The Vatican of foreign missions. The Taj Mahal of embassies. The Palace of Versailles of diplomatic playgrounds. Yea, foreign service officers will vie, will compete, will jockey to be stationed there. Or will they prefer to stay farther back from the front lines of the jihad?
WASHINGTON “” The new U.S. embassy in Baghdad will be the world’s largest and most expensive foreign mission, though it may not be large enough or secure enough to cope with the chaos in Iraq.
The U.S. administration designed the 42-hectare compound, set to open in September in what today is a war zone, to be an ultra-secure enclave. Yet it also hoped that downtown Baghdad would cease being a battleground when diplomats moved in.
Over the long term, depending on which way the seesaw of sectarian division and grinding warfare teeters, the massive city-within-a-city could prove too enormous for the job of managing diminished U.S. interests in Iraq.
The US$592 million embassy occupies a chunk of prime real estate two-thirds the size of Washington’s National Mall, with desk space for about 1,000 people behind high, blast-resistant walls. The compound is a symbol both of how much the United States has invested in Iraq and how the circumstances of its involvement are changing.
A white elephant?
The embassy is one of the few major projects the administration has undertaken in Iraq that is on schedule and within budget. Still, not all has gone according to plan.
The 21-building complex on the Tigris River was envisioned three years ago partly as a headquarters for the democratic expansion in the Middle East that President George W. Bush identified as the organizing principle for foreign policy in his second term.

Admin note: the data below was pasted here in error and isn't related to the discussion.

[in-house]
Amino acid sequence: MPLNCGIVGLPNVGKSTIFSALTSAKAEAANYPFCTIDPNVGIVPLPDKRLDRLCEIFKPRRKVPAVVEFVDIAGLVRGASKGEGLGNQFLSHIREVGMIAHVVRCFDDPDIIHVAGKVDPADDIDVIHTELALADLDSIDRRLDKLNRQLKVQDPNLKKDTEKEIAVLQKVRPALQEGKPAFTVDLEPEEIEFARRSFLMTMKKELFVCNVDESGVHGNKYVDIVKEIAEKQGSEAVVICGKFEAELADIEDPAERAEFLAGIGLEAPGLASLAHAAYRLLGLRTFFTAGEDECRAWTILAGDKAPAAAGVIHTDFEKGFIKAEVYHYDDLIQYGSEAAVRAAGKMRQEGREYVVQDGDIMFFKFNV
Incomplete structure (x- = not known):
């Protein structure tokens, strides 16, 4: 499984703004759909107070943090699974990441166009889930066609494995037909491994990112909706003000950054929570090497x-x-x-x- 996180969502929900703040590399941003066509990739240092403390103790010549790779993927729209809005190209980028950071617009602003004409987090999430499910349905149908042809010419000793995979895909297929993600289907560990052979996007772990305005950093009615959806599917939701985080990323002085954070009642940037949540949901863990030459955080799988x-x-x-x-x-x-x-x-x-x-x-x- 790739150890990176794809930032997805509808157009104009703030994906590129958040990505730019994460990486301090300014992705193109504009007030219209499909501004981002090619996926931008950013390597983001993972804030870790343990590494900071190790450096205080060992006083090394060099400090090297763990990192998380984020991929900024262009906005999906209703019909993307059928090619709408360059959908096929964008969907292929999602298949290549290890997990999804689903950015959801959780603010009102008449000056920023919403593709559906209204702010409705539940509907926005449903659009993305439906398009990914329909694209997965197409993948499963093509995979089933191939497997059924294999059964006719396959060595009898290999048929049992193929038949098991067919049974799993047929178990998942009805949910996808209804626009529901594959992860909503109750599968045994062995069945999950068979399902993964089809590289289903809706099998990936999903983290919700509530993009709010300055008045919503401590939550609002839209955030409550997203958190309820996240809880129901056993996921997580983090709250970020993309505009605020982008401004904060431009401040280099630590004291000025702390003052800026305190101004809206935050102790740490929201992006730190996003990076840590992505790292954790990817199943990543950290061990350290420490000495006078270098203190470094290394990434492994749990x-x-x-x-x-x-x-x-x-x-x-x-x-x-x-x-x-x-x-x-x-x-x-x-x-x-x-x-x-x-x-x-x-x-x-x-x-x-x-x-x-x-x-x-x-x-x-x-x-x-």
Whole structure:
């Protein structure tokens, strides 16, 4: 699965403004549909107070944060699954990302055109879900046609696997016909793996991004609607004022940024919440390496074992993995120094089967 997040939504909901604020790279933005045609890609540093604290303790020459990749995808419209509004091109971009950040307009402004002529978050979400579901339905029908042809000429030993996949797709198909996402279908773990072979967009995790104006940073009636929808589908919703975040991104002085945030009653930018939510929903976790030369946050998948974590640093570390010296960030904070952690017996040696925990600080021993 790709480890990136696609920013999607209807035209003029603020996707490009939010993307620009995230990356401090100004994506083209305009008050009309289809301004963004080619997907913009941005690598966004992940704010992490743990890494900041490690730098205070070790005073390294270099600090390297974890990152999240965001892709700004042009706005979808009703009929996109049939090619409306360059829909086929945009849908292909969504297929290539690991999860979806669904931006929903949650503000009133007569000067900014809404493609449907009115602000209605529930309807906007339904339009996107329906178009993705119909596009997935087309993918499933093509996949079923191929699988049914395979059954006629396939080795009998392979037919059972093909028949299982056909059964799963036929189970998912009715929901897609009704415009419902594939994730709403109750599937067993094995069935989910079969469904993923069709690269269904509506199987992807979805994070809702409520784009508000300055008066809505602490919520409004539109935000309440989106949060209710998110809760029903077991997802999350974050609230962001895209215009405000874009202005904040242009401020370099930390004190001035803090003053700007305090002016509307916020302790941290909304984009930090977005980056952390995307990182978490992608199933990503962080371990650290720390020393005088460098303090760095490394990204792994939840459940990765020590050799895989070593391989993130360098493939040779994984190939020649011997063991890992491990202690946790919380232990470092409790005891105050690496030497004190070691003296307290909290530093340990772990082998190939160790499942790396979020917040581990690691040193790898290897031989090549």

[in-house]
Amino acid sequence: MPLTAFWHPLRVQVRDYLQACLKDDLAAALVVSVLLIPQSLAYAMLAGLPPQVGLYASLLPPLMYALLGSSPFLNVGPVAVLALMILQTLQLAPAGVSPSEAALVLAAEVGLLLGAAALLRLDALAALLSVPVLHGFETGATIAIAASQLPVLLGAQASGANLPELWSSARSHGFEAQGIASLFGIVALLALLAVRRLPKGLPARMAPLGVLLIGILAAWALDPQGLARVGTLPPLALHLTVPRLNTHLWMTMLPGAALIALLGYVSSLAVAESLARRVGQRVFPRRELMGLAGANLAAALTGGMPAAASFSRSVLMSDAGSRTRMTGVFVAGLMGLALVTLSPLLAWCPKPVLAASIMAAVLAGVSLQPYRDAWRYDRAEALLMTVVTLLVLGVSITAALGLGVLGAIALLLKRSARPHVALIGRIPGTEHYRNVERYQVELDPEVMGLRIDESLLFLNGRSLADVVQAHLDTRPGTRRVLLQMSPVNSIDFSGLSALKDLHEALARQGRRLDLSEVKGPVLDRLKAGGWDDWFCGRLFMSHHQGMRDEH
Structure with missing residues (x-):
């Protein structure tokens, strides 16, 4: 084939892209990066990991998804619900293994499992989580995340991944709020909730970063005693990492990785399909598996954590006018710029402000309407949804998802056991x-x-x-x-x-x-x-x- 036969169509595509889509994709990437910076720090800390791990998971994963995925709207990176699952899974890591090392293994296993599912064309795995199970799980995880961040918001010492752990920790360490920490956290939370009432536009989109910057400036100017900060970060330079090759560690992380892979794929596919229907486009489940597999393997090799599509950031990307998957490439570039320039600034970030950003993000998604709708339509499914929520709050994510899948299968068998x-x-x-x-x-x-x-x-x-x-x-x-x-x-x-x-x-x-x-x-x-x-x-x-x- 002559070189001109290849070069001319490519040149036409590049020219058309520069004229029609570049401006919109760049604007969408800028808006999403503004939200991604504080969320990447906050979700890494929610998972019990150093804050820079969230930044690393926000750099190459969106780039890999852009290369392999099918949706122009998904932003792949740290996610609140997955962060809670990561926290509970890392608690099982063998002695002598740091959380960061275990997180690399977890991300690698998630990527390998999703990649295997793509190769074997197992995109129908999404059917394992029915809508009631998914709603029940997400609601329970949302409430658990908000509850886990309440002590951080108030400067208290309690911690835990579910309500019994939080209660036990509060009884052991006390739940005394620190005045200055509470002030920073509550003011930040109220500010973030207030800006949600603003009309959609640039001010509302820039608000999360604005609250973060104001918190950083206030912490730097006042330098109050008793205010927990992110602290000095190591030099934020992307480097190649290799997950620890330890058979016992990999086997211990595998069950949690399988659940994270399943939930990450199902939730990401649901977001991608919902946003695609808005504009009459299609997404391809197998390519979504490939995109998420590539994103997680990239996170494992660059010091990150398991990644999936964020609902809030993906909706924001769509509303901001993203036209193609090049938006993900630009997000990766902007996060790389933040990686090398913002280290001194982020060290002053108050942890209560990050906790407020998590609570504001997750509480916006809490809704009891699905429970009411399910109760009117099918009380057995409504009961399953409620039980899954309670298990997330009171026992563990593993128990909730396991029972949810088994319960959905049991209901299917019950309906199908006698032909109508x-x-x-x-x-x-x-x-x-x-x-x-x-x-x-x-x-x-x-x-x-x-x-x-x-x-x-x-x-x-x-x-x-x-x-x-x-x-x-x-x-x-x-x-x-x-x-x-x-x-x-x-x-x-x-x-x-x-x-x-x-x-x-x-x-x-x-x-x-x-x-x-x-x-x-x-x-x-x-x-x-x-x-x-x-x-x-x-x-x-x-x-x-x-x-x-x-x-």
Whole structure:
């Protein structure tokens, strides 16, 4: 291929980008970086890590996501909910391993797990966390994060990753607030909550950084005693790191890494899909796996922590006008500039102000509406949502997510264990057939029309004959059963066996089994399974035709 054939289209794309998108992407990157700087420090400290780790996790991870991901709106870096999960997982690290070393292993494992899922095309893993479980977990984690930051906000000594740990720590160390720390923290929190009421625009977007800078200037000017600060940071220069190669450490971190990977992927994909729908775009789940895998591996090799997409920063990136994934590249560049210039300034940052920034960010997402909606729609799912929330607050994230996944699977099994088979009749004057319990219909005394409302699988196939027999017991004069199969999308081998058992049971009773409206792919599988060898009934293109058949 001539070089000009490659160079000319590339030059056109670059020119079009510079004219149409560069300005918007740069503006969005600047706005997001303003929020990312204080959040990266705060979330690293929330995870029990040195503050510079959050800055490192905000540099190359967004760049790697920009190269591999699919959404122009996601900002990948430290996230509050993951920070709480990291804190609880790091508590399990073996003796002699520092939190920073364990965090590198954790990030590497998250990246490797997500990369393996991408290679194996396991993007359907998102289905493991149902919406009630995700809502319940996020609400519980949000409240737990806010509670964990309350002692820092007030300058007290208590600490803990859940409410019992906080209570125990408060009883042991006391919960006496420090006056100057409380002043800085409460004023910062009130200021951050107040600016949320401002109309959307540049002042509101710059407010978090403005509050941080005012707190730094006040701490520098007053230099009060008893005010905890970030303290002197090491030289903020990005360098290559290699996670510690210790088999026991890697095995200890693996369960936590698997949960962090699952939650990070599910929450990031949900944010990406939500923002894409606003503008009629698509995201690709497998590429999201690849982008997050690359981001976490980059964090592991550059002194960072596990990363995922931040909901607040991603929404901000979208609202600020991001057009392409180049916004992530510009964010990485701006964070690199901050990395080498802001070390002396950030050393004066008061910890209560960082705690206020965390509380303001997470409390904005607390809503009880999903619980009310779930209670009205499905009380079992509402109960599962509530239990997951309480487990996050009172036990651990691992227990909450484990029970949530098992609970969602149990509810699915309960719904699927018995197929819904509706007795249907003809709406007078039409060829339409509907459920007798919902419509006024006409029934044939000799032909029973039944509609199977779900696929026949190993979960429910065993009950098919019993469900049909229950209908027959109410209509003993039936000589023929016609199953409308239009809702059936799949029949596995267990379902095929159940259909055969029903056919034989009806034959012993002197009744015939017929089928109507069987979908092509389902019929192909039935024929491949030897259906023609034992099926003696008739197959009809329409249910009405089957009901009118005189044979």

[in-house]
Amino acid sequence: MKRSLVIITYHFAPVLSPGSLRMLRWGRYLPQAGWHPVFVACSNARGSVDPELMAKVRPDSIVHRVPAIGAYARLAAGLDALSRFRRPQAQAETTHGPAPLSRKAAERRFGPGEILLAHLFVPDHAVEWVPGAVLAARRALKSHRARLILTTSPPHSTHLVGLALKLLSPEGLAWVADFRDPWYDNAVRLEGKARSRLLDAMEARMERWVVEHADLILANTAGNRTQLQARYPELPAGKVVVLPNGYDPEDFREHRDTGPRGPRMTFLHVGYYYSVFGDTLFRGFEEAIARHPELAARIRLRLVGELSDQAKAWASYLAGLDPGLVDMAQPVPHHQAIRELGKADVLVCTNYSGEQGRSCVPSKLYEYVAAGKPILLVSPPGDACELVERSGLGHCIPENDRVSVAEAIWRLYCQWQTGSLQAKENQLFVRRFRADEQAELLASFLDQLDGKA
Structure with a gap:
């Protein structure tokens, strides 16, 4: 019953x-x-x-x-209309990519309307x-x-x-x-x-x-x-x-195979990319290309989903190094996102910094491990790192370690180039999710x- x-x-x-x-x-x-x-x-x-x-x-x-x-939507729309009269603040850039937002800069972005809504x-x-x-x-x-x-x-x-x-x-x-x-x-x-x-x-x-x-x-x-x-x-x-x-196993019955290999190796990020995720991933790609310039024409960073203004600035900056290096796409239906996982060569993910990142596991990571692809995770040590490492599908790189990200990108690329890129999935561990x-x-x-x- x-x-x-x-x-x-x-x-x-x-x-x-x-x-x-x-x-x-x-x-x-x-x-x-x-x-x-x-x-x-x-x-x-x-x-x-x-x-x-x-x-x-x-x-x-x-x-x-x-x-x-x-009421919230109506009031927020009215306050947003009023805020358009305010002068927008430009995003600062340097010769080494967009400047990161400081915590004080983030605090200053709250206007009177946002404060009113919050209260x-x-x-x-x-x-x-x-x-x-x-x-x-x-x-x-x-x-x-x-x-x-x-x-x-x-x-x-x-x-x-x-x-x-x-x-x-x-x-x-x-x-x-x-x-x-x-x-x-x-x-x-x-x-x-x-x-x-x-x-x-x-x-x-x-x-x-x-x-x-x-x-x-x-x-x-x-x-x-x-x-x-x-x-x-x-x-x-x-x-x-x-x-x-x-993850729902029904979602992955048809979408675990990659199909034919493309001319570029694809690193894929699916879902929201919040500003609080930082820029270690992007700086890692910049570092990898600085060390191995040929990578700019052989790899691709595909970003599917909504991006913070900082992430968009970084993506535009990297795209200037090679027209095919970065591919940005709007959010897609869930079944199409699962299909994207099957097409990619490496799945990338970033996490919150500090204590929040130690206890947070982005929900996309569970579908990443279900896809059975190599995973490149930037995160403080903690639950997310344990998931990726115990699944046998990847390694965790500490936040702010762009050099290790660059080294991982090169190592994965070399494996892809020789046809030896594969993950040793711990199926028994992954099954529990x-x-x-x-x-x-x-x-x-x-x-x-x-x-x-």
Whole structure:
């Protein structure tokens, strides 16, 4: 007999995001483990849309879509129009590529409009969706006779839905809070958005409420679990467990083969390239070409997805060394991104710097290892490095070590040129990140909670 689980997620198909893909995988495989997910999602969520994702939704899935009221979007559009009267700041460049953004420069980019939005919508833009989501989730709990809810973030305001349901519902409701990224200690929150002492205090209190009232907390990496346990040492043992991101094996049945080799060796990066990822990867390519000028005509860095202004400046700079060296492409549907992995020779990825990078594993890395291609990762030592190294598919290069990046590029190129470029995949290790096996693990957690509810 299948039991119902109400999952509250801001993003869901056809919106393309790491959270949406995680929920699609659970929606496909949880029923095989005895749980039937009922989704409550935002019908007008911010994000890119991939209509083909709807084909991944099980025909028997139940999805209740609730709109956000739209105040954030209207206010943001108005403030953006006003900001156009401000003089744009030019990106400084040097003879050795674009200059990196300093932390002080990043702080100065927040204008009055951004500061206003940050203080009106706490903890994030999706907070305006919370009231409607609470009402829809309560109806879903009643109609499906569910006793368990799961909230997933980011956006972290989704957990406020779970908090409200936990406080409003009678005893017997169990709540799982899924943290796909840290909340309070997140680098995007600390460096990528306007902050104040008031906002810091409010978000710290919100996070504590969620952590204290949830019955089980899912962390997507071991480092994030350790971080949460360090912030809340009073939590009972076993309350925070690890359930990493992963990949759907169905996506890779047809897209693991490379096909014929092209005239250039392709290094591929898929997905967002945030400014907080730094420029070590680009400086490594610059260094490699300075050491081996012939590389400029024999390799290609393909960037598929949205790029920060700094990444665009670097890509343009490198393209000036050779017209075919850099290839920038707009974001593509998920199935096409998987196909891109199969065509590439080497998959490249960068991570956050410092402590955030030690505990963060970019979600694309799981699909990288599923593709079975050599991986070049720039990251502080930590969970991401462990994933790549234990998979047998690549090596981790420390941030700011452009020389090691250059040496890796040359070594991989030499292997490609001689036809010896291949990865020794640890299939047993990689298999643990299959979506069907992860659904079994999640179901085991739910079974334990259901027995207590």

The complex quickly could become a white elephant if the U.S. scales back its presence and ambitions in Iraq. Although the U.S. probably will have forces in Iraq for years to come, it is not clear how much of the traditional work of diplomacy can proceed amid the violence and what the future holds for Iraq’s government.
“What you have is a situation in which they are building an embassy without really thinking about what its functions are,” said Edward Peck, a former top U.S. diplomat in Iraq.
“What kind of embassy is it when everybody lives inside and it’s blast-proof, and people are running around with helmets and crouching behind sandbags?”
“We assume there will be a significant, enduring U.S. presence in Iraq,” Satterfield said.
The embassy also is a prime target.
The area around the construction site was hit with mortar fire this month. Other areas of the U.S.-controlled Green Zone were hit on consecutive days last week.
The increase in mortar and rocket attacks on the Green Zone has raised concern, especially because they are occurring during a U.S.-led security crackdown in Baghdad.
The embassy has ordered its staff to wear flak jackets and helmets while outdoors or in unprotected buildings. The order was issued one day after a rocket attack killed four Asian contractors in the Green Zone this month.
The U.S. State Department and Congress have tussled this year over a $50 million request for additional blast-resistant housing. The department says it did not anticipate needing so many fortified apartments when the embassy was in the planning stages three years ago and Iraq was a less violent place.
The new Democratic-controlled Congress has grumbled about the approximately $1 billion annual cost of embassy operations in Iraq and told the administration the embassy is overstaffed at roughly 1,000 regular employees. Add security contractors, locally hired staff and others and the number climbs to more than 4,000.
Who will screen the locally hired staff? How will the screening be carried out?